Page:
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Whats the safest way to settle a Civil Judgment and be sure its removed from my record permanently?

Seattle, WA |

I have two past Civil Judgments on my Credit Report from 2004 that I never attempted to clear. The original amounts were $55 and $1218 (now around $4500 after interest), and I have read that they can stay on a report for 10 yrs in WA state and be renewed after that time. I want to know the best way to settle and have these removed from my record. I'm not sure what the Civil Judgments are for, possibly and unpaid Dr bill ($55), and an old cell phone that was stolen ($1218). No one has ever tried to seize any of my funds or property. I would like to reduce the settlement amount and not have this come back to haunt me in the future when I plan to buy a house.

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Filed under: Credit score Credit
Attorney answers 4


Settling a civil won't guarantee that it is removed from your credit report. Because it is a public record, it will likely remain easy to verify by the credit bureaus for a long long time.

When you settle a judgment, make sure all the terms are in writing & formatted to be filed with the court.

Hope this perspective helps!


You should probably get a "Satisfaction of Judgment" document as described in RCW 4.56.100 (, file it with the clerk of the court, and obtain a certified copy to send to the credit reporting agencies.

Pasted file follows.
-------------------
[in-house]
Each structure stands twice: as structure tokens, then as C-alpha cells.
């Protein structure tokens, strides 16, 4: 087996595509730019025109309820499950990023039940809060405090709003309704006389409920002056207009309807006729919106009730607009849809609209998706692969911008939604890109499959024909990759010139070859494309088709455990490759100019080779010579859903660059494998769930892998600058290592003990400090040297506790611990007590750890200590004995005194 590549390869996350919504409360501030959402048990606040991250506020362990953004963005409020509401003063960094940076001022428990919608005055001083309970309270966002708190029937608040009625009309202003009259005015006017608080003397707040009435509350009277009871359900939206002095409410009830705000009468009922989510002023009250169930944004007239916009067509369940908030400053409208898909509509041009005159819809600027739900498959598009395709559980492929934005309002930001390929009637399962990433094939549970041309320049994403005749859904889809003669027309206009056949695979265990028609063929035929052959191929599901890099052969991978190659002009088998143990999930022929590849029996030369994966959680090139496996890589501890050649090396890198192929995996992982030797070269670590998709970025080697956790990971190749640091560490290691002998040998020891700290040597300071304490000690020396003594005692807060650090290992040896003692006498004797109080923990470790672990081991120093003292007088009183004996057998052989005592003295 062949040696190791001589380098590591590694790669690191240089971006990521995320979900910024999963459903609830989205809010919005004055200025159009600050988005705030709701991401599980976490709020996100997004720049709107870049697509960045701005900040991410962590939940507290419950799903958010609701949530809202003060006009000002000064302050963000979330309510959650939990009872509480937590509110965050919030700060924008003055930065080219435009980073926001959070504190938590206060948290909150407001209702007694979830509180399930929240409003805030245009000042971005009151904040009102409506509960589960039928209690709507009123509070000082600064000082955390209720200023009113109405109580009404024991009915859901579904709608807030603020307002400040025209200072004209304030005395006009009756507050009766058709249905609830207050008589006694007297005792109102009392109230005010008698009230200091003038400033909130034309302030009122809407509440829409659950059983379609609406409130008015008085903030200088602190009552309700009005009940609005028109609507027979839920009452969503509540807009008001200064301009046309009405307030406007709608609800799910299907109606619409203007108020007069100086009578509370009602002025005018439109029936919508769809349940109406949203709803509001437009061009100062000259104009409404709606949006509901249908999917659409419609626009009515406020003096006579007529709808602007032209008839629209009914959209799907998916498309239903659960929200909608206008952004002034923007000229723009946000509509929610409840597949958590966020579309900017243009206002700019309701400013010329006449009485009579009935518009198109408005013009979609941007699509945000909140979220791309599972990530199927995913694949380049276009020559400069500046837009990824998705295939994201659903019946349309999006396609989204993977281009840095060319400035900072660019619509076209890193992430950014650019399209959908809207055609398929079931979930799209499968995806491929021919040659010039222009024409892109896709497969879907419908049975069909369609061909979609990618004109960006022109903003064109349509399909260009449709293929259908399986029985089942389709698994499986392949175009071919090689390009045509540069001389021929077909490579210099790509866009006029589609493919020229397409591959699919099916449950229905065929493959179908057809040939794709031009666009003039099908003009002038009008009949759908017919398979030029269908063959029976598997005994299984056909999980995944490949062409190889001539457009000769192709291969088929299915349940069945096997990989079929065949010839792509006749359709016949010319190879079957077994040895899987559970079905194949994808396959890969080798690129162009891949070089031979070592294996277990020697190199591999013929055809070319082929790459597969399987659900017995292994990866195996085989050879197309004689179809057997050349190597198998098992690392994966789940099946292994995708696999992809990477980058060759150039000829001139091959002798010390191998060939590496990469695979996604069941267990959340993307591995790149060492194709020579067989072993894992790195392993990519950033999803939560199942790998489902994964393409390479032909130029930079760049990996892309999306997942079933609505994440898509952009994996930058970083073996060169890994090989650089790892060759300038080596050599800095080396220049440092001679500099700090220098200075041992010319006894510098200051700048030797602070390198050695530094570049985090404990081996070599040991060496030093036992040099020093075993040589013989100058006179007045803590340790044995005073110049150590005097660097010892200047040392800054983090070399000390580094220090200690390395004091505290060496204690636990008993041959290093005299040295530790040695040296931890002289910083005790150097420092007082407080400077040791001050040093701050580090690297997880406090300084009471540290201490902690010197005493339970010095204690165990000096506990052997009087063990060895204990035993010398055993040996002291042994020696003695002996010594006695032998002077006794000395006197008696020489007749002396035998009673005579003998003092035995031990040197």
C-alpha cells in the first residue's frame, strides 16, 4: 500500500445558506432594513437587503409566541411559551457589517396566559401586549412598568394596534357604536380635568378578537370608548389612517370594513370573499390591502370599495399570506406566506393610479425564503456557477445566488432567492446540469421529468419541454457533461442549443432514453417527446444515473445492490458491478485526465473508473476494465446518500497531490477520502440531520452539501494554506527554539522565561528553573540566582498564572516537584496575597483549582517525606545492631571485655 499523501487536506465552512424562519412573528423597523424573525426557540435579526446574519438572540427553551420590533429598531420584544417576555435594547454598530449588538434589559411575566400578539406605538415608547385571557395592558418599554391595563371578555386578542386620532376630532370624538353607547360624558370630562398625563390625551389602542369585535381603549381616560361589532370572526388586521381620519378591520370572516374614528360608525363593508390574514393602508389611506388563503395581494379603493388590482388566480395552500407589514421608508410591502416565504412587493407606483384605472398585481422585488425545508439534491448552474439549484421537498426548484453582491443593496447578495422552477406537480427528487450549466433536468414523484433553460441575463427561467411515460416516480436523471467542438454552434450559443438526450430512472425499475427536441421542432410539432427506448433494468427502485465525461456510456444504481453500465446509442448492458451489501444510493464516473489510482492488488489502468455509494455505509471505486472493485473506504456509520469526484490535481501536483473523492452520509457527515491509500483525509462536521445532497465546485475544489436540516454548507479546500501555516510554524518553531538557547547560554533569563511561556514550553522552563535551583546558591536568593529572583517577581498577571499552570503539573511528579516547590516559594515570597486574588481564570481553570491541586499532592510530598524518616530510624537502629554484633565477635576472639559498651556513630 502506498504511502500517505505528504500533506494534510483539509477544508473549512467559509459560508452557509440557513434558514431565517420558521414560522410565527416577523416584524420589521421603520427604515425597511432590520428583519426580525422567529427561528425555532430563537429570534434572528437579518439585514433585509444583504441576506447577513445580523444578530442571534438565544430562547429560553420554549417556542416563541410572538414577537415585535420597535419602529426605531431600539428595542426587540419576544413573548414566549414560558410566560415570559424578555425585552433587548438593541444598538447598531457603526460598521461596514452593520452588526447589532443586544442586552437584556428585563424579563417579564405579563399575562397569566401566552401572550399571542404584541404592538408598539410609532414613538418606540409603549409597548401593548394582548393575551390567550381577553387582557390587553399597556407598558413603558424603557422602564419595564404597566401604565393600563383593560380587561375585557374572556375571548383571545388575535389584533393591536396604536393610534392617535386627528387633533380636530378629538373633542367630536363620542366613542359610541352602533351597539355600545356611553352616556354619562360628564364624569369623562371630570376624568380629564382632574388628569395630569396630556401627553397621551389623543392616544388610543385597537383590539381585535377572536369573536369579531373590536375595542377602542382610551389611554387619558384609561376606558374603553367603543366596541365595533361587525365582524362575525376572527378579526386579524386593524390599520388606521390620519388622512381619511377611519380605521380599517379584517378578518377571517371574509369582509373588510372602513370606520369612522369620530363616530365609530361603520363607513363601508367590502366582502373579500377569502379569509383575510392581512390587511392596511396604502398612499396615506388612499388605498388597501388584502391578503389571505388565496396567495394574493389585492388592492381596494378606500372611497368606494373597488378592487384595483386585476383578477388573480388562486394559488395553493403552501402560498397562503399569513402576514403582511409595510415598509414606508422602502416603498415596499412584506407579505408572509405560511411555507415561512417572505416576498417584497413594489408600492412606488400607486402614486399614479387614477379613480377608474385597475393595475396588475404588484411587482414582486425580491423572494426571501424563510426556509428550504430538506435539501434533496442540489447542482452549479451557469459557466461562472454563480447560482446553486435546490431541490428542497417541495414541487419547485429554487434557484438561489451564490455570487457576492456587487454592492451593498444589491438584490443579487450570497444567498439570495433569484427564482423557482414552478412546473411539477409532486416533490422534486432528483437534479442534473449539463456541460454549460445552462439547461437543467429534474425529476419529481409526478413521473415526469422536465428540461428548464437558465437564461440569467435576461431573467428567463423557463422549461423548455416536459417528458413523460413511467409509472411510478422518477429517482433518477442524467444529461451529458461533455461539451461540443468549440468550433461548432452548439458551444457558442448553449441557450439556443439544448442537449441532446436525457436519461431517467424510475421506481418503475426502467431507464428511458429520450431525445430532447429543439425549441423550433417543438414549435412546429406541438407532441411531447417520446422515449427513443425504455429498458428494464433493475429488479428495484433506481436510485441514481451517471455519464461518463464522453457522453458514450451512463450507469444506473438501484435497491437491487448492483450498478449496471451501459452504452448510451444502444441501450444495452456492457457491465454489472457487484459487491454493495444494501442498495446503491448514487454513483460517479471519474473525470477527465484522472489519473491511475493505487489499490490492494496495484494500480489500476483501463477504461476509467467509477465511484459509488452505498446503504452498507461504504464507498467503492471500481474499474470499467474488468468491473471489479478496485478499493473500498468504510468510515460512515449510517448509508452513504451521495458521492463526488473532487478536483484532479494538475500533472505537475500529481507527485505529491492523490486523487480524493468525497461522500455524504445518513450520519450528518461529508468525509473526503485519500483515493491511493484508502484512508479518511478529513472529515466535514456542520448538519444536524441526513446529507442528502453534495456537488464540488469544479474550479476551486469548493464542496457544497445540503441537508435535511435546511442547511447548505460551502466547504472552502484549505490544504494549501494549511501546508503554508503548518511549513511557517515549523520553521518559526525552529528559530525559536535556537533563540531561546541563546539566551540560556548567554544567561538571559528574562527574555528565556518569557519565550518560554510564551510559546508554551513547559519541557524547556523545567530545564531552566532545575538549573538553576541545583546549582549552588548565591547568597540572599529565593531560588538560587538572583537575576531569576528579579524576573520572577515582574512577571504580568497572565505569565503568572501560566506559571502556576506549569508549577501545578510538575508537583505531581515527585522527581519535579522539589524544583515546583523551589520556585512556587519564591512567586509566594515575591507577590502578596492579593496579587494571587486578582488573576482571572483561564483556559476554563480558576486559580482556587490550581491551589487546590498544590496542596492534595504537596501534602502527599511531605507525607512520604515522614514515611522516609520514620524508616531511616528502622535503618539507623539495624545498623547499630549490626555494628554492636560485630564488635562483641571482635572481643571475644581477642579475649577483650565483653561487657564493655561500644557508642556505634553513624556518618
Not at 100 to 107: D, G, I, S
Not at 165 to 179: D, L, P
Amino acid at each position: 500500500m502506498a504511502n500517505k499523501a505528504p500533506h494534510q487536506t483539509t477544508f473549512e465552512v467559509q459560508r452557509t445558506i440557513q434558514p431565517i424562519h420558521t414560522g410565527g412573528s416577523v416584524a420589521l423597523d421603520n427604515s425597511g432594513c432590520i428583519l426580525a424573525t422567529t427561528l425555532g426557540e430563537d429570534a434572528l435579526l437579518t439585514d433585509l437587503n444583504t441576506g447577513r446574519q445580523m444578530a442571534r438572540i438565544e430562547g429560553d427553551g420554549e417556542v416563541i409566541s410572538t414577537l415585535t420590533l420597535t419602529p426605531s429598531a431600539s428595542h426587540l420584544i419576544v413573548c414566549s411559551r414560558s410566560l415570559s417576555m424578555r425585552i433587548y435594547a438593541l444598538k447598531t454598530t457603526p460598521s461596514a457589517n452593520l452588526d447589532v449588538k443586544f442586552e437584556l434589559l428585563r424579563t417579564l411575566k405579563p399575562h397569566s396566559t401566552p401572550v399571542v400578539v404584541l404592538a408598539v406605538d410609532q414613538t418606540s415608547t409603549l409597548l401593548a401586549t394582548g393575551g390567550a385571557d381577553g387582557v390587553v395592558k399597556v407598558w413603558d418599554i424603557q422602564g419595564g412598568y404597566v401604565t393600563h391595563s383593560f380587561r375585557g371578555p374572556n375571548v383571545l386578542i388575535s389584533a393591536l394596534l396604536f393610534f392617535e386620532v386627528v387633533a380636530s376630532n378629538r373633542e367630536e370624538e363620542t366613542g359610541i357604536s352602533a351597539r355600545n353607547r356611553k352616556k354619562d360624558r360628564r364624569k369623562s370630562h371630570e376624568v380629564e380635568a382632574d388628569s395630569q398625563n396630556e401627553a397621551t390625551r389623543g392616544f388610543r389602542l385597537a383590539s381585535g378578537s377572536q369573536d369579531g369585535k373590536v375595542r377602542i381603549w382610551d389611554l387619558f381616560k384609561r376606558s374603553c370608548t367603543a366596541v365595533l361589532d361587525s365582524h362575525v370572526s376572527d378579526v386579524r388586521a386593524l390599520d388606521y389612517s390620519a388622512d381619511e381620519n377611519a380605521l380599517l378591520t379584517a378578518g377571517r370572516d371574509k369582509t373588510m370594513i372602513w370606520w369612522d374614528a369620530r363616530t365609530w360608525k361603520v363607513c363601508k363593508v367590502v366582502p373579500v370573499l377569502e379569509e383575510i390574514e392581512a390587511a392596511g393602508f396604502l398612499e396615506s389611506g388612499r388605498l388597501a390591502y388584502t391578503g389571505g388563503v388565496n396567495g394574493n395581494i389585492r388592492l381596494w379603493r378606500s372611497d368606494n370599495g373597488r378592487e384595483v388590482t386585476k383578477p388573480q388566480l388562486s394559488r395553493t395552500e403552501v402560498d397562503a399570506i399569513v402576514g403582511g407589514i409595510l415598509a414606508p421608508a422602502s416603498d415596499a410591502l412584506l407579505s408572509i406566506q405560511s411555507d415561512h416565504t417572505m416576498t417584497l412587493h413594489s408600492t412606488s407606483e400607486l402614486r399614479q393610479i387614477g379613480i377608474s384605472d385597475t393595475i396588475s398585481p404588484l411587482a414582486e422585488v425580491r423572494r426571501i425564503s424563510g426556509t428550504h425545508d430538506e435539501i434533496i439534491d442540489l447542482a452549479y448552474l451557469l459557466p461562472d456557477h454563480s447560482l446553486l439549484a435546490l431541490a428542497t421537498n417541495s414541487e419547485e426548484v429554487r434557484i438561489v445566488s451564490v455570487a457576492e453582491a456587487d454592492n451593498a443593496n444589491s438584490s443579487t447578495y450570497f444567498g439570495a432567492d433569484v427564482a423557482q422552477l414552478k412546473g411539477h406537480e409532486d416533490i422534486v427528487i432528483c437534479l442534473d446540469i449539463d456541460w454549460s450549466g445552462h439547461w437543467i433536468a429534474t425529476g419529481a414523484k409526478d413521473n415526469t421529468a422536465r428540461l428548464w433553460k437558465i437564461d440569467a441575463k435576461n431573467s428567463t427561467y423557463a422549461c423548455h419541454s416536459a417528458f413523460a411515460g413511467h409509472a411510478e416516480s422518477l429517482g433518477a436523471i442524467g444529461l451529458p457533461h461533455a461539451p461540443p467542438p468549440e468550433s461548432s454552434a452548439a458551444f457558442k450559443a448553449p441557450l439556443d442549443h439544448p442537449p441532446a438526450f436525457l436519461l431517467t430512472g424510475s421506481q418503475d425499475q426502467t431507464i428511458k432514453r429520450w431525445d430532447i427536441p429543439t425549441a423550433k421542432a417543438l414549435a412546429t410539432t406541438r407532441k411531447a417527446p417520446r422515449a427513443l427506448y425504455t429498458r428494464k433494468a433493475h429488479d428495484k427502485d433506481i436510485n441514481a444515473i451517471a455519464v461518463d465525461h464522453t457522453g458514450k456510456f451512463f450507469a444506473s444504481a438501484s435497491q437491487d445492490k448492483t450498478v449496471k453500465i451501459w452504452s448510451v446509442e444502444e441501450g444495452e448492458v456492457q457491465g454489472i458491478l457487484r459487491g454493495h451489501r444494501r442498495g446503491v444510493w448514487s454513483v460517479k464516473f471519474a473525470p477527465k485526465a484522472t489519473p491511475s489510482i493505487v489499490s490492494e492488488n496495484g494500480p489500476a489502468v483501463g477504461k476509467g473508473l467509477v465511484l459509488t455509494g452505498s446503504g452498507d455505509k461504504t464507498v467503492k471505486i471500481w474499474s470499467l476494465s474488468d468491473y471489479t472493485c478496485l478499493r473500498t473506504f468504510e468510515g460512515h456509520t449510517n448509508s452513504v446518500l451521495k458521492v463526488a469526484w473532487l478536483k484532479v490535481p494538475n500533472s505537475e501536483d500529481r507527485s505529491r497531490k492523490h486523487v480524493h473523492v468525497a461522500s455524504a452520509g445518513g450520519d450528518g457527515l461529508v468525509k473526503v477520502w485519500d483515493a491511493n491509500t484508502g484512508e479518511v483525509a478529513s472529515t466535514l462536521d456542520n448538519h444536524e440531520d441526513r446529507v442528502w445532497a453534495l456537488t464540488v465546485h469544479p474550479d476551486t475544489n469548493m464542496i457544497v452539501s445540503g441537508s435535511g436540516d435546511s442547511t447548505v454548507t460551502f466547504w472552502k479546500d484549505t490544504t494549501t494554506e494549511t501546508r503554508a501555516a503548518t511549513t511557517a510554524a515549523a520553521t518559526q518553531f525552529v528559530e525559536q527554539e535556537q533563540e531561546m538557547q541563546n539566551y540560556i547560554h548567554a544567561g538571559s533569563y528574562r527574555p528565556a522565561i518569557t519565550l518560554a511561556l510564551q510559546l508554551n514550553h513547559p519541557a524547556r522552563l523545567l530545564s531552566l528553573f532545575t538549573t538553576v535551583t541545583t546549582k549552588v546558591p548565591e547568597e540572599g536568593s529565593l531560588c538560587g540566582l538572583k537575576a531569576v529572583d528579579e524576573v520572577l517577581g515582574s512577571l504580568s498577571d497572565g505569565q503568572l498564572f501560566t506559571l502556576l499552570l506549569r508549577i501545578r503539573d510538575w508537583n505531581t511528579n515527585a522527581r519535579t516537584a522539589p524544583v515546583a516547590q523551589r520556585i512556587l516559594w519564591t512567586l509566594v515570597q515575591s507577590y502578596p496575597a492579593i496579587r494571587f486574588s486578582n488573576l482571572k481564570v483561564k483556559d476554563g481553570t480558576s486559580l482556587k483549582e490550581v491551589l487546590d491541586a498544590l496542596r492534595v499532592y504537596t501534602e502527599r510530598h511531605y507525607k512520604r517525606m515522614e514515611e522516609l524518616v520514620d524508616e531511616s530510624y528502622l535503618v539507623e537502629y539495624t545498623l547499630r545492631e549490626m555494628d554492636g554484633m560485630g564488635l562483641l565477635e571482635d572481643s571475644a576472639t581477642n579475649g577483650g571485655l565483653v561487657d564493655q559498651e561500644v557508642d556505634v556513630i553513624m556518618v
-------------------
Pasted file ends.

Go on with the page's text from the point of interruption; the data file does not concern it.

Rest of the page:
[In accordance with the Avvo community guidelines, this communication does not constitute "legal advice", nor does it form an attorney-client relationship.]


Find the judgment creditor or its attorney & make arrangements for payment & their filing of a satisfaction of judgment.

The effect of a paid judgment is less than that of an unpaid judgment on your credit record.


If a judgment creditor has not collected after 10 years, the creditor likely is not going to go through with the expenses of renewing the judgment. Of course, no one can tell you the future will be or what some unknown creditor will do.

If you want to take the risk, it is only a few more years before the 10 years expire.

Court records are generally open to the public. If the court that entered your judgment is near, you can go to court and view the public records at the computers in the clerk's office or you can ask the clerk for copies. Then, you will know what the judgments are for.

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